I’ve been working on reviewing an upcoming agile book and there’s a nice discussion in it about the various metaphors that people use to describe product backlogs in Scrum. They all get the point across, but I thought I’d try to come up with an alternate visualization. And then I had a dream about it (really)!
Something’s Bugging Me About Icebergs
One of the most common backlog metaphors is the iceberg , where a small percentage of the backlog is very well defined and visible at the top (this math says it’s about 13% for actual icebergs) and the rest is progressively more coarse-grained and murky as you go down, until at the bottom you’ve got Big Ideas For The Future that aren’t clear at all. The idea is that this is a good thing, because Lean principles tell us not to spend too much time worrying about low priority features we may never build. However …
Let’s play a quick word association game. ICEBERG!!
I bet you thought “Titanic”. So did I. It turns out that the 87% of the iceberg that’s below the water is a big problem if you’re trying to navigate. In the case of an iceberg, it’s actually *not* ok that we don’t know much about what’s down there, whereas with software development we’ve got to accept that and deal with it. Also we can’t see the underwater part at all without special sensing equipment – versus the sprint/current release/future release gradation of a backlog – so the analogy kind of breaks down.
Stories In The Mist
So, here’s my metaphor for the backlog: You’re walking through a misty landscape where the fog obscures your view beyond a few dozen yards. You need to get to your destination – a small rural town which you know lies to the north – but you can’t see it. You do have a compass to point the way, though. You know you’ll have to cross rivers, rocky areas, and other obstacles but again, most of them are hidden from view. Luckily, the colors and details of closer features stand out crisply against the white background. You see some rocks and roots in the path and an incline to climb, so you note them as the most important and move forward.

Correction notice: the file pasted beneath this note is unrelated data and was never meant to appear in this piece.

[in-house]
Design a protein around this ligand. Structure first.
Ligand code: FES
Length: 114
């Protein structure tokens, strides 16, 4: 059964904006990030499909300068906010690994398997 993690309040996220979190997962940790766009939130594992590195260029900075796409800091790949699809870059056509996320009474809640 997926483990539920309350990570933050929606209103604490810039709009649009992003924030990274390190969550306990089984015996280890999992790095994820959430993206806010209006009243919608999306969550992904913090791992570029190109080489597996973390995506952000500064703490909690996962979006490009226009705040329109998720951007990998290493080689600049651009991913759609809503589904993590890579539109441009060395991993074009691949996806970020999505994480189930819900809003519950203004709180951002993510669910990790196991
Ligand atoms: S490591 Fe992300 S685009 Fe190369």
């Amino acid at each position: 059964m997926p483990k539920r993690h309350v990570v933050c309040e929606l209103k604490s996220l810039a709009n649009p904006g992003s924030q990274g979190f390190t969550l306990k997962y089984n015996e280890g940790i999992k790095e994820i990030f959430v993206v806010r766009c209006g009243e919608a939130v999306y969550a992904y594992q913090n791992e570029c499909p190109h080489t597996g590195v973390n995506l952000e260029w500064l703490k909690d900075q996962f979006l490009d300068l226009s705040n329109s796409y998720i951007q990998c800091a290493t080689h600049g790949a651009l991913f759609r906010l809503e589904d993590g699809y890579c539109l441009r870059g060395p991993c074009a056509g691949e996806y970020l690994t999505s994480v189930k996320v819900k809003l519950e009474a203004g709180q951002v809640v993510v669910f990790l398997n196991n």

As you reach the top of the small slope, more features emerge from the mist, and now you can see some vague larger shapes in the distance, including what looks like a foot bridge over a river. You pick that as your goal and as you keep going, more trees and rocks reveal themselves with enough fidelity that you can navigate past them.
You doggedly hike on in the right general direction, picking short and medium distance goals and stopping every now and then to rest and check your compass. Eventually you begin to see lights piercing through the mist in the distance and this gives you energy to quicken your pace, knowing that you’re almost there. You hear the sounds of the town emerge: car tires on pavement, a dog barking, and you step out of the fog and the woods onto the main road leading into the town proper. You’re just a mile away from a comfortable bed and a satisfying meal. You did it!
What I Like About This
I like this metaphor because it emphasizes that while it’s important to have long-term goals (heading north to the town), most of the effort is in assessing the immediate and imminent surroundings to make good tactical decisions: step over these roots, head for that bridge, etc. It also adds a sense of movement. You’re constantly traveling forward as you achieve small milestones, and that movement itself is what reveals and clarifies the next steps. Even if you have some prior knowledge of the landscape, there are going to be surprises and that’s ok. A bridge is out; a path is washed out by a storm or blocked by a tree. There are no guarantees that the set of actions you end up taking to meet the goal are the same ones you expected to take.
What do you think? Is this a useful way to think about the backlog? Leave me a comment and let me know!